Indigenous private equity firm Biripi Capital is ready to be a “disruptor” with an aggressive plan to take on the food giants.

Founded last year, Biripi Capital has signed a $20 million deal with hotel and restaurant food services firm Hudson Food Group in the largest known impact investment in an Australian Indigenous business.

Hudson’s stake in Biripi’s The Dreaming Food Group will bankroll plans for the start-up to give one third of profits to Aboriginal-led organisations who are working to reduce inequality.

Co-founded by business leaders David Liddiard and Michael Manikas, both Biripi men, Biripi Capital is determined to help achieve all 17 targets in the National Agreement on closing the gap, and improve life outcomes for Aboriginal and Torres Strait Islander people.

After weighing up possibilities in food and construction, the decision was made to create The Dreaming Food Group and channel future profits into their registered charity, The Dreaming Foundation to distribute.

They aim for revenue of $100 million within 24 months, supported by a manufacturing plant in Melbourne that is on track to open in 2022.

“What we really want to do is break the glass ceiling of Aboriginal businesses in this country and create a model that is respectful to Aboriginal culture and heritage,” Mr Manikas told AAP.

“But also creating opportunities by looking at a normal commercial business to create some serious funding into our foundation to close the gap.”

Mr Manikas said he is motivated by a significant history of generational trauma.

“My ethos is really trying to heal the damage that has been done over the last couple of hundred years but also create opportunities,” he said.

“Everything that I’m throwing into this business, and everything I’ve done over the past 30 years, is trying to help and grow professions, industries and especially opportunities for Aboriginal and Torres Strait Islander people in this country.”

Biripi wants to team up with companies that share their ideals, and that includes setting partners on the right path.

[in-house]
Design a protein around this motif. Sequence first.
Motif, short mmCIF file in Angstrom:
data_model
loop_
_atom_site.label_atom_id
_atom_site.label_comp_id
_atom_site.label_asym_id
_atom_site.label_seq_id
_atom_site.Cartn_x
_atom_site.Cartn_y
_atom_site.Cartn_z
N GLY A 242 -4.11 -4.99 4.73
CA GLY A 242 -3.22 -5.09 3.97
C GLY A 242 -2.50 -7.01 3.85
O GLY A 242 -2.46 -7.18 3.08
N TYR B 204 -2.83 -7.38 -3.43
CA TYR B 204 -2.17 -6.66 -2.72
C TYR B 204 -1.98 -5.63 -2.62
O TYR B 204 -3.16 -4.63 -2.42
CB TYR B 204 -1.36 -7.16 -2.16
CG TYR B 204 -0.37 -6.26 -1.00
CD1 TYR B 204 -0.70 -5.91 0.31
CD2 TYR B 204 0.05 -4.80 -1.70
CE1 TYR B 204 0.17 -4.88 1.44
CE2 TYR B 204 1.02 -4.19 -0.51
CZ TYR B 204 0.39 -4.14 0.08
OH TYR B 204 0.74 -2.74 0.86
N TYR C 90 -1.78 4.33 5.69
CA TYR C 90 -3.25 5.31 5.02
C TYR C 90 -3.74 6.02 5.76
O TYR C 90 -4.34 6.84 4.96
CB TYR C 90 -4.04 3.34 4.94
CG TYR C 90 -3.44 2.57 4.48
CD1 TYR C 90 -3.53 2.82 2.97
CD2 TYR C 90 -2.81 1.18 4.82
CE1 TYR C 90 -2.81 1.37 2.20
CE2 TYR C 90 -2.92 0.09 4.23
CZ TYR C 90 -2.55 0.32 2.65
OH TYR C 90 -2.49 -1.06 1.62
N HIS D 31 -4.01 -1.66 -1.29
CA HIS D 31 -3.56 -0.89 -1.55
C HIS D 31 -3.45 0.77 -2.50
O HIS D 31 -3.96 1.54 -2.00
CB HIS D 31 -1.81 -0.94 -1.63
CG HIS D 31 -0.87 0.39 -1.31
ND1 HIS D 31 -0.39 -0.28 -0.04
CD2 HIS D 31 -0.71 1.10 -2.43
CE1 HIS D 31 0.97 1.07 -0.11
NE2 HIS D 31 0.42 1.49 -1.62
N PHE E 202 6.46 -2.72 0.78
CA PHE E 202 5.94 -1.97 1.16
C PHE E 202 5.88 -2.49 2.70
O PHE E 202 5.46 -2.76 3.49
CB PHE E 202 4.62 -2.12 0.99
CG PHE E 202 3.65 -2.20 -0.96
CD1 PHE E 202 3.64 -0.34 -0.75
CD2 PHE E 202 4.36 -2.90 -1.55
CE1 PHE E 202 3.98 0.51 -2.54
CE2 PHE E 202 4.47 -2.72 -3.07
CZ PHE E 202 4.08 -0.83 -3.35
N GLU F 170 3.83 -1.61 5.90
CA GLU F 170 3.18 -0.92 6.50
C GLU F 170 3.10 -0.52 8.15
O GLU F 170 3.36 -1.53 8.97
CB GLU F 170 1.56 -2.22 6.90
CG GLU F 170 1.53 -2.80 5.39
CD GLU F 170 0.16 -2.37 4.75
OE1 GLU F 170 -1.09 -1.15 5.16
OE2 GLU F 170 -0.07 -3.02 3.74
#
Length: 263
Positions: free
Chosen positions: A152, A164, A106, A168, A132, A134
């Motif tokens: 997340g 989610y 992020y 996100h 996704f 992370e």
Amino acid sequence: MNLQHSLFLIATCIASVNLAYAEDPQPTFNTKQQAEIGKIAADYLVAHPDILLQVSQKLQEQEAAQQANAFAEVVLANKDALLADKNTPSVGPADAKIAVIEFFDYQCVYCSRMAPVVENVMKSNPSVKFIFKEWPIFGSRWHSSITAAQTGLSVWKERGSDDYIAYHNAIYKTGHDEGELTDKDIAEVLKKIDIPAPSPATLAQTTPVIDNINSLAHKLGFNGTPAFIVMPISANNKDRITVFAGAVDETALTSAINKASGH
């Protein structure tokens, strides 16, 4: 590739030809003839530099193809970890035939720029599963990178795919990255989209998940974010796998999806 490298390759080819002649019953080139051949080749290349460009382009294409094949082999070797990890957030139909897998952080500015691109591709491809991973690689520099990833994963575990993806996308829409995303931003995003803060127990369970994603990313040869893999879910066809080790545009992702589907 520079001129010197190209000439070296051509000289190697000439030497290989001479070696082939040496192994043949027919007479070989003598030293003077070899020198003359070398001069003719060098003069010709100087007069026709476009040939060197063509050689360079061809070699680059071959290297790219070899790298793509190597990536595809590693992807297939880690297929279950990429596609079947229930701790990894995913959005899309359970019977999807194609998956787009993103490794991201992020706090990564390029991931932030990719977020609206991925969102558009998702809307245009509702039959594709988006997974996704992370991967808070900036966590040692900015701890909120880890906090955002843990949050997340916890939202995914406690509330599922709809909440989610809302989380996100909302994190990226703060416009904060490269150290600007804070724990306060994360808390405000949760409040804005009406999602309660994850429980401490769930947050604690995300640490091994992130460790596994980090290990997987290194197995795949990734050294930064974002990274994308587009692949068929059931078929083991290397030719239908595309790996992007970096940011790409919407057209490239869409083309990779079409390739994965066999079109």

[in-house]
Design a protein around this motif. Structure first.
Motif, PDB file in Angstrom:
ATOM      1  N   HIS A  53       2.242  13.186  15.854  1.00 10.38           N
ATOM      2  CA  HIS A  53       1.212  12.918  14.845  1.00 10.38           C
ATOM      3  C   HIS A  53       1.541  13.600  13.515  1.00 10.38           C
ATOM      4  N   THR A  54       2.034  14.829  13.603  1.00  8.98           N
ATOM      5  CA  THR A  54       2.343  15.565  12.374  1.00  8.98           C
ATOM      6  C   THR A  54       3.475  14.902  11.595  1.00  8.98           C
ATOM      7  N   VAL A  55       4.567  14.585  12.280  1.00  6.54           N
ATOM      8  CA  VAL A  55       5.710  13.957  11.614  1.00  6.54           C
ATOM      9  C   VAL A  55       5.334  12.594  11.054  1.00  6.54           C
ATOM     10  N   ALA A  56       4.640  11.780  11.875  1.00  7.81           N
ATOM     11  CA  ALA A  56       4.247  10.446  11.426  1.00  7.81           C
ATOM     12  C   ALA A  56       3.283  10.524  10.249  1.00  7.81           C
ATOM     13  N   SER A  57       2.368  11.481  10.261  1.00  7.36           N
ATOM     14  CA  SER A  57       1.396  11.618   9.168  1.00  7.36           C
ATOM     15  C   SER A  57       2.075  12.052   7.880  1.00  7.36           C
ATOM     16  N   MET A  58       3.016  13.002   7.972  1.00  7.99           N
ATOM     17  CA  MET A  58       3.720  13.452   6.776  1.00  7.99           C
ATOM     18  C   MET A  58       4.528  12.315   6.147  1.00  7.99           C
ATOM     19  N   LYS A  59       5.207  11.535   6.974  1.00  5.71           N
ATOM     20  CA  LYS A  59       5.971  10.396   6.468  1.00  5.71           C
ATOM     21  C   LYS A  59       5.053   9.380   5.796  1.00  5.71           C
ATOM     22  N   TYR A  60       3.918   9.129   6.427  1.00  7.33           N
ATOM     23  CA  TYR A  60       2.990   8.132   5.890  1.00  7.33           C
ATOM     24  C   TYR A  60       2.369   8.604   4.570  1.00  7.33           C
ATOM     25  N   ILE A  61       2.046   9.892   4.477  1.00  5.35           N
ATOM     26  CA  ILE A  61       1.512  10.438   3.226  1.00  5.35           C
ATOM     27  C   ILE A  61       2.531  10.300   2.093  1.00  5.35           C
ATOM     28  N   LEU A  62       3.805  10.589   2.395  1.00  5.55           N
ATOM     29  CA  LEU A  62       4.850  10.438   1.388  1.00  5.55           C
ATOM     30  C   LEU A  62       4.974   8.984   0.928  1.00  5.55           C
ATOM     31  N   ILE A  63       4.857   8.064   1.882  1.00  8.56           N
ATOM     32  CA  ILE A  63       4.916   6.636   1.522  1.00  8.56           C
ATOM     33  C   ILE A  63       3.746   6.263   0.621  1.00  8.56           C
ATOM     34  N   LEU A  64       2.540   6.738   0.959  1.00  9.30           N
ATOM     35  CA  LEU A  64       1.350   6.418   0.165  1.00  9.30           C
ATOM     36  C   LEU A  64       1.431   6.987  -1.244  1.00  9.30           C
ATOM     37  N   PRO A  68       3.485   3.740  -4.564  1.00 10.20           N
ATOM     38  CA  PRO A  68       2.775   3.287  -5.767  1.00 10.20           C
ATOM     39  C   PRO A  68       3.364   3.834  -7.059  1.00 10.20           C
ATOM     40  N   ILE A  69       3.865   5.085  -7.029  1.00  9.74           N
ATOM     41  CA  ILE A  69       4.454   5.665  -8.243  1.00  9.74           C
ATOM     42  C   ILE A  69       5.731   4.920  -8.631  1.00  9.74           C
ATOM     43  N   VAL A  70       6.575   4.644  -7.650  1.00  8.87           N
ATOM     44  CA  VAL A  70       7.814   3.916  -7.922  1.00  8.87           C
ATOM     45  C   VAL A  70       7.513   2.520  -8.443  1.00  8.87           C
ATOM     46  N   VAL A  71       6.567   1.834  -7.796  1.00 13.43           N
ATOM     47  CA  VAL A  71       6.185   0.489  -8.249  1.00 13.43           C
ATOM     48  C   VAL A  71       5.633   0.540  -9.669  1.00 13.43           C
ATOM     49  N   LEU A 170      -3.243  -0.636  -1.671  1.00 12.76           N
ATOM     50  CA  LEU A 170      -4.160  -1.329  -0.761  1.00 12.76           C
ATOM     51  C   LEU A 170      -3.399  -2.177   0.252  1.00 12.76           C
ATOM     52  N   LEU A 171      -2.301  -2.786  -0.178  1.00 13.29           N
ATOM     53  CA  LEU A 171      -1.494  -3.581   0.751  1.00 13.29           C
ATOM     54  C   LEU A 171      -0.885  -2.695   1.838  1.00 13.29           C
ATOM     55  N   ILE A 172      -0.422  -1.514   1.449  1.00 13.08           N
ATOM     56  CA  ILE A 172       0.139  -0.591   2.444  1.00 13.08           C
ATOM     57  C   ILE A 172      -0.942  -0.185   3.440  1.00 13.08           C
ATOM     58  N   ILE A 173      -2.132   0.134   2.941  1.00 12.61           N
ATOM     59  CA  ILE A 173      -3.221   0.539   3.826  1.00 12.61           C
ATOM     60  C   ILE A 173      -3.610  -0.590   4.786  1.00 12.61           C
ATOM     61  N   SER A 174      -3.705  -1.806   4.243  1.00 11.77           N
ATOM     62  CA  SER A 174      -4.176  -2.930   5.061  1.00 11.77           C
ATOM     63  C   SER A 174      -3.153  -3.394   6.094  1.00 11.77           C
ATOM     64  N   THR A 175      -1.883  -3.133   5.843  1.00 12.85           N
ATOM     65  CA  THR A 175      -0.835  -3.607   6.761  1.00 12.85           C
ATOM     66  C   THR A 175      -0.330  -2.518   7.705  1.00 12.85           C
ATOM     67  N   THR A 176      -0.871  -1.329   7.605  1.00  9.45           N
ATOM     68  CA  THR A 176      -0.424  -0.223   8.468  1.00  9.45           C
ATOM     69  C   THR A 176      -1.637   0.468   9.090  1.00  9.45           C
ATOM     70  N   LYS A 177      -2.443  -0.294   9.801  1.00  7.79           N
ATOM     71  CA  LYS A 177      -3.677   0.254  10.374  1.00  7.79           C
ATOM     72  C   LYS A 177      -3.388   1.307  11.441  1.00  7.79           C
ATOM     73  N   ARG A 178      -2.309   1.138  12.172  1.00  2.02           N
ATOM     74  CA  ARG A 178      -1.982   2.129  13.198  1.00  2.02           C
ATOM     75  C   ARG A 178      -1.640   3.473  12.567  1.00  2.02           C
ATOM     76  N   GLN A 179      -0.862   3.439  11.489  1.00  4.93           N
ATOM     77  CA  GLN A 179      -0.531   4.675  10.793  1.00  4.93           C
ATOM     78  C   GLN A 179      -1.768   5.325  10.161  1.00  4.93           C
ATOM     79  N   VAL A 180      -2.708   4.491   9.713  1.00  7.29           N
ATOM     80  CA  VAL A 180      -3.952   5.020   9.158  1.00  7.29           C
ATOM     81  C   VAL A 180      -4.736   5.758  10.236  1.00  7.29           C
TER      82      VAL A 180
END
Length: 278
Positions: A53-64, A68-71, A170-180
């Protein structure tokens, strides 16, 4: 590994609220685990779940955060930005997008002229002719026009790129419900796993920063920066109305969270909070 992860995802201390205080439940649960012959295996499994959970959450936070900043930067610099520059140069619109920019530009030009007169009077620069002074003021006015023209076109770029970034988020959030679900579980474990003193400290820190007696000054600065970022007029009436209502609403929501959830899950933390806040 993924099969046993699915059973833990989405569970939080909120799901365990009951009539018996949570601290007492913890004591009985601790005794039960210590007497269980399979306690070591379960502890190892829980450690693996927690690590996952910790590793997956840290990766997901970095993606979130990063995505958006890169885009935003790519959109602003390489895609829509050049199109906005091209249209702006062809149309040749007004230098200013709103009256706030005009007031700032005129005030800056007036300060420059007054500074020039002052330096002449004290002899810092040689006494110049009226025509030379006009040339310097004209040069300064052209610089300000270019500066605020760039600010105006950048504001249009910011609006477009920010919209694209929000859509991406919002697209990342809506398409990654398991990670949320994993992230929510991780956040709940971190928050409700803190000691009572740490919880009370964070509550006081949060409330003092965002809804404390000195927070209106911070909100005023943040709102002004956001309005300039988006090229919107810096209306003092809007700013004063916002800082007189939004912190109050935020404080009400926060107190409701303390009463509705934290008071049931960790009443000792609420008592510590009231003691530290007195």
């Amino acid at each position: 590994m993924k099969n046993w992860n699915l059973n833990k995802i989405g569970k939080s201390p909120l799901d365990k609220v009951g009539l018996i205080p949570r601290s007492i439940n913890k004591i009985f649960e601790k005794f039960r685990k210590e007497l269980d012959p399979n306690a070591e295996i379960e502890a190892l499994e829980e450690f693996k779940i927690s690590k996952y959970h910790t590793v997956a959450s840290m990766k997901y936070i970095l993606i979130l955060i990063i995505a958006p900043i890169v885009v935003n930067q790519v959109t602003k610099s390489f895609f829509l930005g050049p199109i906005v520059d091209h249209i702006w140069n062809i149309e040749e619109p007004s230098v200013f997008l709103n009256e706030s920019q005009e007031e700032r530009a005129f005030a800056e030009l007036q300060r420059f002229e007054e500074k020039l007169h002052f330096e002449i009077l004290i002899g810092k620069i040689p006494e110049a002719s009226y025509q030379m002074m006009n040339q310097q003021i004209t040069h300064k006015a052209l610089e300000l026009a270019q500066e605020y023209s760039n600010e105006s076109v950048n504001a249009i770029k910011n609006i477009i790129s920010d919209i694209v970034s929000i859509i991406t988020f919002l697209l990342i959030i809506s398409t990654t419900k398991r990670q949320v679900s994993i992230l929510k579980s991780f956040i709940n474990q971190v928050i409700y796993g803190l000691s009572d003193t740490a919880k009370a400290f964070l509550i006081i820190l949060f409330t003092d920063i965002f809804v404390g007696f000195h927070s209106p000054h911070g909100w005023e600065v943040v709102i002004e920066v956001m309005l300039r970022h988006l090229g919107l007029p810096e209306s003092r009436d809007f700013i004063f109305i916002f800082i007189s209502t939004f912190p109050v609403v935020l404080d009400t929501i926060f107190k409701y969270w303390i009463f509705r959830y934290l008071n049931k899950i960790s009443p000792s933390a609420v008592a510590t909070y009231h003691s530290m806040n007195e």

“Everyone should be given the opportunity to be able to do good and make up for past wrongs,” Mr Manikas said.

Chief Operating Officer Anthony Ward said they would not rule out partnering with mining giant Rio Tinto, which destroyed Juukan Gorge, the sacred 46,000-year-old site on Puutu Kunti Kurrama and Pinikura country.

“We have to recognise that companies as large as Rio do have the ability to really influence, by nature of the size of their spend, the success of businesses including Aboriginal businesses,” he said.

But mining is not an immediate focus and would be “approached with caution”, Mr Ward said.

Building relationships with supermarket chains, hotels and restaurants is the company’s goal for the next 18 months.

The food sector also has the attraction of federal mandates for government organisations to buy goods and services from majority owned Aboriginal and Torres Strait Islander businesses.

“Some of our biggest discussions are with corporates that are not motivated by the government dollar, they’re motivated by ESG-style (environmental, social, and governance) mandates that their boards are setting, particularly large businesses” Mr Ward said.

“But there is a massive trickle-down occurring into medium and smaller businesses to be looking at everything they do.”

Biripi is also building sustainable supply chains of its own, whether it’s processing the Kakadu plum or any other native food ingredient.

“When we’re creating something or selling it to someone, one third of the profits are being put in The Dreaming Foundation, and the foundation invests that in the community where the product came from,” he said.

Mr Ward said it was a very compelling model, and they would be taking on established competitors, including multinational companies.

“This is out of the norm. Aboriginal businesses in this country are typically quite small and they operate in quite niche markets,” he said.

“We’ve gone in, effectively, to be a disruptor.”

‘Disruptor’ Biripi takes on food giants
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